Blaming China won't spare US' guilt: Editorial flash
When the US blames a nation for a fabricated wrong, one can always find the US’ hypocrisy in committing the wrong itself.
That’s the case at the ongoing Shangri-la Dialogue where US Secretary of Defense Lloyd Austin said he is “concerned that the PRC has been unwilling to engage more seriously on better mechanisms for crisis management between our two militaries”. Everybody concerned with international politics knows he refers to China’s decline of a meeting between him and Defense Minister Li Shangfu.
However, Austin failed to mention that while preparing for the dialogue the US sent a CR-135 surveillance plane to spy 50 kms off China’s coast and interfered in the routine training of the PLA Navy.
When the US stretches its right hand out for peace, its left hand holds a gun aimed at that person.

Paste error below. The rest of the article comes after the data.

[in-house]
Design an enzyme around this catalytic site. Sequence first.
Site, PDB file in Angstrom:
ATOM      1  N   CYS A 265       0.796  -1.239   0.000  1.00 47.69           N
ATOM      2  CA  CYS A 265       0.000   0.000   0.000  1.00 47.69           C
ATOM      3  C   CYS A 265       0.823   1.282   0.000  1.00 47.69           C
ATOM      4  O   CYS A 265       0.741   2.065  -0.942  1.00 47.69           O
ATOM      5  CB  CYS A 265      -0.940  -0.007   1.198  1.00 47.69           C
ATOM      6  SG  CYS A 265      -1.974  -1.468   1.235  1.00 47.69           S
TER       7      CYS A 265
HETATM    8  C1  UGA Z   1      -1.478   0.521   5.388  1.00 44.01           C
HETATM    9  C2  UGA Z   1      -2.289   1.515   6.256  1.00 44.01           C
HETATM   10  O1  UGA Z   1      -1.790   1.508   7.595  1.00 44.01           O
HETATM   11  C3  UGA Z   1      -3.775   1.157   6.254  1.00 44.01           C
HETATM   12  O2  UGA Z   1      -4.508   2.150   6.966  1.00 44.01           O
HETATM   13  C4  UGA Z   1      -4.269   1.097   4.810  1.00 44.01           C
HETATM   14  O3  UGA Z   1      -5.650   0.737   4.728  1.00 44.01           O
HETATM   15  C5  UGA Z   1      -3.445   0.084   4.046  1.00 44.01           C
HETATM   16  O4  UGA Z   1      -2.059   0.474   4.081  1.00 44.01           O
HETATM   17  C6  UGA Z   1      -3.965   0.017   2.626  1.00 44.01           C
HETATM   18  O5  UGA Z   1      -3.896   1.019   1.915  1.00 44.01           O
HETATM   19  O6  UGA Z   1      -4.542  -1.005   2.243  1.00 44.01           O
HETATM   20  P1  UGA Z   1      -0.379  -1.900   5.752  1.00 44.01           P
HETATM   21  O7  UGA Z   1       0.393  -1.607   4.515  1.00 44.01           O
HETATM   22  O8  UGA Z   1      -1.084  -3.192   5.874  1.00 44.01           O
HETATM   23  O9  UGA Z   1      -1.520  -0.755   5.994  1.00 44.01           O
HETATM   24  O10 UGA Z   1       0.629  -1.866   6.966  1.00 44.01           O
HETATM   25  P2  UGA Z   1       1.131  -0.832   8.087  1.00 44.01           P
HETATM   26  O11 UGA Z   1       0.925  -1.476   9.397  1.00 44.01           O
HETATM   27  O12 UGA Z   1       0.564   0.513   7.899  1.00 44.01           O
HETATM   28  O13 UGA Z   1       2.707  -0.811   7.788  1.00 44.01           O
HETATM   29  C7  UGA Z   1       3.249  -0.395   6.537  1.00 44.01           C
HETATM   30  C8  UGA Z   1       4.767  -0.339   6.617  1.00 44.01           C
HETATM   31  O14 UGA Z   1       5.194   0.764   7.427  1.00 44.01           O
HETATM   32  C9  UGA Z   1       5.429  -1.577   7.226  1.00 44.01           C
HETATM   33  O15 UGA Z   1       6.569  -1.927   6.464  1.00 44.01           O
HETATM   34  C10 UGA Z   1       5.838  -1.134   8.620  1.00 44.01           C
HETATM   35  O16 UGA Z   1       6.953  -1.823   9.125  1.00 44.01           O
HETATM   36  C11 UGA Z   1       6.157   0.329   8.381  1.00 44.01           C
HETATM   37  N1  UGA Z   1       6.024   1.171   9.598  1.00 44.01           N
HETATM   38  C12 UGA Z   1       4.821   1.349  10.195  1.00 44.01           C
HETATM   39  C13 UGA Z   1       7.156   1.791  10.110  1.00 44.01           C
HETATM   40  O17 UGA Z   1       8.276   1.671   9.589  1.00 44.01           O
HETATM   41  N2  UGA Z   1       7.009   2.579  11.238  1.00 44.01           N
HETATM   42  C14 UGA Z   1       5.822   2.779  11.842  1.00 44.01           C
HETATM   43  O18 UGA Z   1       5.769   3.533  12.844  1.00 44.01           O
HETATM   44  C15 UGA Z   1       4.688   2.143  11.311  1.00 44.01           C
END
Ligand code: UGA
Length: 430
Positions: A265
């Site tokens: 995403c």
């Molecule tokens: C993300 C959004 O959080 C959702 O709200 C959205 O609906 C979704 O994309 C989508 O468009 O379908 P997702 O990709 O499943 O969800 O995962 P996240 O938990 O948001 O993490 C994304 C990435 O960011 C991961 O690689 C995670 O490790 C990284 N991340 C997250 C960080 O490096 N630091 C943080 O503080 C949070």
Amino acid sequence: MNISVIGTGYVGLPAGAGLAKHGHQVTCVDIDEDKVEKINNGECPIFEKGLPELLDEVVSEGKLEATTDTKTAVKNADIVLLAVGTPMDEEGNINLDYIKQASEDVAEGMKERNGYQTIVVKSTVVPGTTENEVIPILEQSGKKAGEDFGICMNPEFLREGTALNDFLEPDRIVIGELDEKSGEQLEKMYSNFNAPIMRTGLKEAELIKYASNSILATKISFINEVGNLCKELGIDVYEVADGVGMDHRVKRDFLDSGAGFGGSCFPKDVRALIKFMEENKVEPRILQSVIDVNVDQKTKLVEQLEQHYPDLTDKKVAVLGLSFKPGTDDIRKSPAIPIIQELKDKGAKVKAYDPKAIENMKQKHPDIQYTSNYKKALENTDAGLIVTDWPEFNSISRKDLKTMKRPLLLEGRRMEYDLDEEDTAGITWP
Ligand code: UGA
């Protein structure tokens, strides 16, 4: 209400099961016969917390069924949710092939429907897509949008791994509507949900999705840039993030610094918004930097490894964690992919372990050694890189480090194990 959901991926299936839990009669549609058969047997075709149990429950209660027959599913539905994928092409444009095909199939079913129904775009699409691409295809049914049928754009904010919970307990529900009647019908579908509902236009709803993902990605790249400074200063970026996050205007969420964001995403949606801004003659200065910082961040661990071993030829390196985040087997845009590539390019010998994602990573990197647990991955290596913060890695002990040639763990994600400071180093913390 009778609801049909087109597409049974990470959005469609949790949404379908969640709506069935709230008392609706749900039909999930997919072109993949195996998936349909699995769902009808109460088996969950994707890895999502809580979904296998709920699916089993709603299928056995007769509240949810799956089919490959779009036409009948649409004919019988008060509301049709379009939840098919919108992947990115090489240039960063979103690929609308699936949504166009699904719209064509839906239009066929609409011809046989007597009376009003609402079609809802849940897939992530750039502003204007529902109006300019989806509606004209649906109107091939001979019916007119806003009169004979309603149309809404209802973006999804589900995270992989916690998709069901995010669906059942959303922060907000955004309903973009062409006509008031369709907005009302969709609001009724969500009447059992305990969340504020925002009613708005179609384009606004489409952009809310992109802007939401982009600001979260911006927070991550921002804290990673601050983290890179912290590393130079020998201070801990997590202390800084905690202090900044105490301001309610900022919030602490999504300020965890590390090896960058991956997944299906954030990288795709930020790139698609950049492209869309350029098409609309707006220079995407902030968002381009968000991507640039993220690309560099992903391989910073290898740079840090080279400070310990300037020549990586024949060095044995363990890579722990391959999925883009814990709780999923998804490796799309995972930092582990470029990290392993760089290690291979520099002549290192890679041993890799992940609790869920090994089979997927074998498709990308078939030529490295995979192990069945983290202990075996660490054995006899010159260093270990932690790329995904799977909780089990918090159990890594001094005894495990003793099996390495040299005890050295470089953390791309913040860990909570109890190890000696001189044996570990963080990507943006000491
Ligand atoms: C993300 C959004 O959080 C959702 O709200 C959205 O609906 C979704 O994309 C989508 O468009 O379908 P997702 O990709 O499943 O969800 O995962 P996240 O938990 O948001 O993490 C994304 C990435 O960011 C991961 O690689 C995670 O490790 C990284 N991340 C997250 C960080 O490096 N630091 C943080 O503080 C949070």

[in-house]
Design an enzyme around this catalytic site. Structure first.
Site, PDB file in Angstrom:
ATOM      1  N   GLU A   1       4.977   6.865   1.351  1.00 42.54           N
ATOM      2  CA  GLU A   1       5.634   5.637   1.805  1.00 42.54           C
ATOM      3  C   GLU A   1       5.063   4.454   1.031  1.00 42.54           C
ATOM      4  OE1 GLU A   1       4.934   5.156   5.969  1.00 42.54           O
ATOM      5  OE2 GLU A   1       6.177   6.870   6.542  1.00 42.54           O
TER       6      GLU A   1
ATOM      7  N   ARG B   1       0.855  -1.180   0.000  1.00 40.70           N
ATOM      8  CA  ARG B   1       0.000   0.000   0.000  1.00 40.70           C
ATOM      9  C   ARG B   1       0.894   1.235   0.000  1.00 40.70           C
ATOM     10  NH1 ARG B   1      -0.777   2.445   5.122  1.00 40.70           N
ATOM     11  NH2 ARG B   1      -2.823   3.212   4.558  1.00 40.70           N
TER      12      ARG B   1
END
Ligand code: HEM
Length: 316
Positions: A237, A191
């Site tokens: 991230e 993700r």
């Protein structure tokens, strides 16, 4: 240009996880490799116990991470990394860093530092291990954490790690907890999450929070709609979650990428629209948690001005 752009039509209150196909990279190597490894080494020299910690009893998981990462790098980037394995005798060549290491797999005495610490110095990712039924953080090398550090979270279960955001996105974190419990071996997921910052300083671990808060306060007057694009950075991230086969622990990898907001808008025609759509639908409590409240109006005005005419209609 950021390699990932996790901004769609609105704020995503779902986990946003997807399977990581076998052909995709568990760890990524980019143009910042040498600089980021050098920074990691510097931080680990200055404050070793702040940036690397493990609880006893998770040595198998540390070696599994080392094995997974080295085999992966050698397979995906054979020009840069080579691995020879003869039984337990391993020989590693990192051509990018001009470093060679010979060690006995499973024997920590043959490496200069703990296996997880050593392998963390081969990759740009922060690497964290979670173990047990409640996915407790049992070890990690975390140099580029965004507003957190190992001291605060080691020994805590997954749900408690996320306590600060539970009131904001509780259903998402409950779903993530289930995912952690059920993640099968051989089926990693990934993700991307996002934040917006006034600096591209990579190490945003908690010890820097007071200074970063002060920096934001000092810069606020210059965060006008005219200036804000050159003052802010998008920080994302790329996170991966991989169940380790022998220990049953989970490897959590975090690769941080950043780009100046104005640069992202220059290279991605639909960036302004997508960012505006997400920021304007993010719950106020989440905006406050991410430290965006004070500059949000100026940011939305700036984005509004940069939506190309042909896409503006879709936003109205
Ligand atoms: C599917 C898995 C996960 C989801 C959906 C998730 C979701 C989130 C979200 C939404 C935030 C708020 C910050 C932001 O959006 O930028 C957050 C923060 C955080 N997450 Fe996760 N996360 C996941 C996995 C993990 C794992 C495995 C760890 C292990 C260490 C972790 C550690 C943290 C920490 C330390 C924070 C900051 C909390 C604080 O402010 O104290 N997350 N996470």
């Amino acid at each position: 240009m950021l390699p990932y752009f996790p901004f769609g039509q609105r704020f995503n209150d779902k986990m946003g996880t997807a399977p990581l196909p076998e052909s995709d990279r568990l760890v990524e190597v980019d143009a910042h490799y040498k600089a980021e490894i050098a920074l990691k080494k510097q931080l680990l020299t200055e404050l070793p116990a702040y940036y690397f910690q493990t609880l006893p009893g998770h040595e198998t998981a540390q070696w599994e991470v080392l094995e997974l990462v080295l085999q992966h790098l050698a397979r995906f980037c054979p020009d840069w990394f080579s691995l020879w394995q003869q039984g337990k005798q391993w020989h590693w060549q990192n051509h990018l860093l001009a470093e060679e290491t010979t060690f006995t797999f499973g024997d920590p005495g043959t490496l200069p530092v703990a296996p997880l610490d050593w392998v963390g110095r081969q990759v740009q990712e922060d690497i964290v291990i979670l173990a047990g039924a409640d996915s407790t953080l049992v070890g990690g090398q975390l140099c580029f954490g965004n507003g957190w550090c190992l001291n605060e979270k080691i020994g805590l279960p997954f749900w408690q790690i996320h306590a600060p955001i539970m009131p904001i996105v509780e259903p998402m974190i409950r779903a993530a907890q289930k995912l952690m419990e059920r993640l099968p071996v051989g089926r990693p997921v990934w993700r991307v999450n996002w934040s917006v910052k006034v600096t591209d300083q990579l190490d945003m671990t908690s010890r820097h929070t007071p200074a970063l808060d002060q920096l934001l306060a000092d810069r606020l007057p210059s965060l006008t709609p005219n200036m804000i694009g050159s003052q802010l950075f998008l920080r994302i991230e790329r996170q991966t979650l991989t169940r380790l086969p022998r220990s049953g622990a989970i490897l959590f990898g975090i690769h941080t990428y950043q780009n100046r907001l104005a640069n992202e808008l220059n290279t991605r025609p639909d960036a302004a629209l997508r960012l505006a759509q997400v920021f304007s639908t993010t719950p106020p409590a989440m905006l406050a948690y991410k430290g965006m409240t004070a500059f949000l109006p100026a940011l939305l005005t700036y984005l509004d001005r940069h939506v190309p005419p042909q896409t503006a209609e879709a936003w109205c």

Austin’s speech further exposes how the US lacks sincerity. Its 2024 fiscal year budget will increase by 40 percent over last year’s request for the Pacific Deterrence Initiative, reaching a record high of $9.1 billion. It will strengthen Quad, AUKUS, work closer with Japan on uncrewed air combat systems, and hold an Exercise Talisman Saber composed of 14 members in July. Most ironically, they have even sanctioned Li Shangfu whom they claim trying to meet.
In all these moves it takes China as an imaginary enemy. It is such an antagonism that has prevented normal exchanges between Chinese and US militaries, not vice versa. If the US really wants a meeting, it had better drop the gun in its hand and be sincere.